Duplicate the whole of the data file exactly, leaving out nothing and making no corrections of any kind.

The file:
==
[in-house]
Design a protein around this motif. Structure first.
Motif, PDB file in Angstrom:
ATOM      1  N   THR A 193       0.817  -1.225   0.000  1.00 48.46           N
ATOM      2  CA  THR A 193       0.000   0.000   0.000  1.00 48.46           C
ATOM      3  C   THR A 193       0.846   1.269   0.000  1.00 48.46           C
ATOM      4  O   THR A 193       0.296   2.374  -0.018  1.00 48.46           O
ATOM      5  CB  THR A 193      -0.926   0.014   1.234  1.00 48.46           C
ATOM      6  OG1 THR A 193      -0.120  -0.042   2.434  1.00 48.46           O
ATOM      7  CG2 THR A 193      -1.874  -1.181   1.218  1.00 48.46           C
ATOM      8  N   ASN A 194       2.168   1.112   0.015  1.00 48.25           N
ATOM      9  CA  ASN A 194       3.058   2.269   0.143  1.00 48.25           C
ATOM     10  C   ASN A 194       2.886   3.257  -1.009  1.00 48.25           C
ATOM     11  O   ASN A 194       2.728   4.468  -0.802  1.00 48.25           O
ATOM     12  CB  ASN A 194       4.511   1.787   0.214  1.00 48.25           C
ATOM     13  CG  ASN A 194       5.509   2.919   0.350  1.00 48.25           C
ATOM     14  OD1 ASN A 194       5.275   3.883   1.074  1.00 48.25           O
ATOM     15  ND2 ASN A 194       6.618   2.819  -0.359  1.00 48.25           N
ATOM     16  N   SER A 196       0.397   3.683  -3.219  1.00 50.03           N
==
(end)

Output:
[in-house]
Design a protein around this motif. Structure first.
Motif, PDB file in Angstrom:
ATOM      1  N   THR A 193       0.817  -1.225   0.000  1.00 48.46           N
ATOM      2  CA  THR A 193       0.000   0.000   0.000  1.00 48.46           C
ATOM      3  C   THR A 193       0.846   1.269   0.000  1.00 48.46           C
ATOM      4  O   THR A 193       0.296   2.374  -0.018  1.00 48.46           O
ATOM      5  CB  THR A 193      -0.926   0.014   1.234  1.00 48.46           C
ATOM      6  OG1 THR A 193      -0.120  -0.042   2.434  1.00 48.46           O
ATOM      7  CG2 THR A 193      -1.874  -1.181   1.218  1.00 48.46           C
ATOM      8  N   ASN A 194       2.168   1.112   0.015  1.00 48.25           N
ATOM      9  CA  ASN A 194       3.058   2.269   0.143  1.00 48.25           C
ATOM     10  C   ASN A 194       2.886   3.257  -1.009  1.00 48.25           C
ATOM     11  O   ASN A 194       2.728   4.468  -0.802  1.00 48.25           O
ATOM     12  CB  ASN A 194       4.511   1.787   0.214  1.00 48.25           C
ATOM     13  CG  ASN A 194       5.509   2.919   0.350  1.00 48.25           C
ATOM     14  OD1 ASN A 194       5.275   3.883   1.074  1.00 48.25           O
ATOM     15  ND2 ASN A 194       6.618   2.819  -0.359  1.00 48.25           N
ATOM     16  N   SER A 196       0.397   3.683  -3.219  1.00 50.03           N